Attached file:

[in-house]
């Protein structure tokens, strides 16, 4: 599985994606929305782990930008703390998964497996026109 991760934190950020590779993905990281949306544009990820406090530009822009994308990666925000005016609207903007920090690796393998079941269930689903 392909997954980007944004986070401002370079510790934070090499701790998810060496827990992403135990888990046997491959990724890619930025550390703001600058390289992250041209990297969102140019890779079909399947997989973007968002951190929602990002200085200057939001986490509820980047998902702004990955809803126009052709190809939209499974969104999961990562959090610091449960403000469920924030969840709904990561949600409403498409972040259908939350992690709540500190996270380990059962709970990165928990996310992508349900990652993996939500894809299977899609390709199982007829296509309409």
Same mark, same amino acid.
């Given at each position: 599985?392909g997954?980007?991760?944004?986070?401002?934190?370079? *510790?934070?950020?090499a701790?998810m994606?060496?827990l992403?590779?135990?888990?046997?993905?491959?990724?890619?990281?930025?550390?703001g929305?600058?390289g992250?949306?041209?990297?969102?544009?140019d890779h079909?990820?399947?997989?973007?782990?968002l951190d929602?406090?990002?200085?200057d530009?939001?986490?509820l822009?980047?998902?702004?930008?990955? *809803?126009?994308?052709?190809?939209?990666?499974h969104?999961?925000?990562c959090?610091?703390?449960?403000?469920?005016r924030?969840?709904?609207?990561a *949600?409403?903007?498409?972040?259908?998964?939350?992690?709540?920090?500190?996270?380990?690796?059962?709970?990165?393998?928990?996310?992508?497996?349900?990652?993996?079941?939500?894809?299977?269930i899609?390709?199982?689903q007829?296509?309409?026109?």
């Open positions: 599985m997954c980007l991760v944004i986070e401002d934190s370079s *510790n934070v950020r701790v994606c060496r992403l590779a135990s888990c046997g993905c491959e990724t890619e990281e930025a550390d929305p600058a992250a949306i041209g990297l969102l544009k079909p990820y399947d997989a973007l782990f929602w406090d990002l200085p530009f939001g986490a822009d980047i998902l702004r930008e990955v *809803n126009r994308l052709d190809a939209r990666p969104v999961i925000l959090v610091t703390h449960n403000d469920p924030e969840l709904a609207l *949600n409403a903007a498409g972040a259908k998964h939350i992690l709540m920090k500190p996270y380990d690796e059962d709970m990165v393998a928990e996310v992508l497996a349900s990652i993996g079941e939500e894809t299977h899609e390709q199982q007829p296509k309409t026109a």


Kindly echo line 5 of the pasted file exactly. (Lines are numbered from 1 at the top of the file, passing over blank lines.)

């Open positions: 599985m997954c980007l991760v944004i986070e401002d934190s370079s *510790n934070v950020r701790v994606c060496r992403l590779a135990s888990c046997g993905c491959e990724t890619e990281e930025a550390d929305p600058a992250a949306i041209g990297l969102l544009k079909p990820y399947d997989a973007l782990f929602w406090d990002l200085p530009f939001g986490a822009d980047i998902l702004r930008e990955v *809803n126009r994308l052709d190809a939209r990666p969104v999961i925000l959090v610091t703390h449960n403000d469920p924030e969840l709904a609207l *949600n409403a903007a498409g972040a259908k998964h939350i992690l709540m920090k500190p996270y380990d690796e059962d709970m990165v393998a928990e996310v992508l497996a349900s990652i993996g079941e939500e894809t299977h899609e390709q199982q007829p296509k309409t026109a």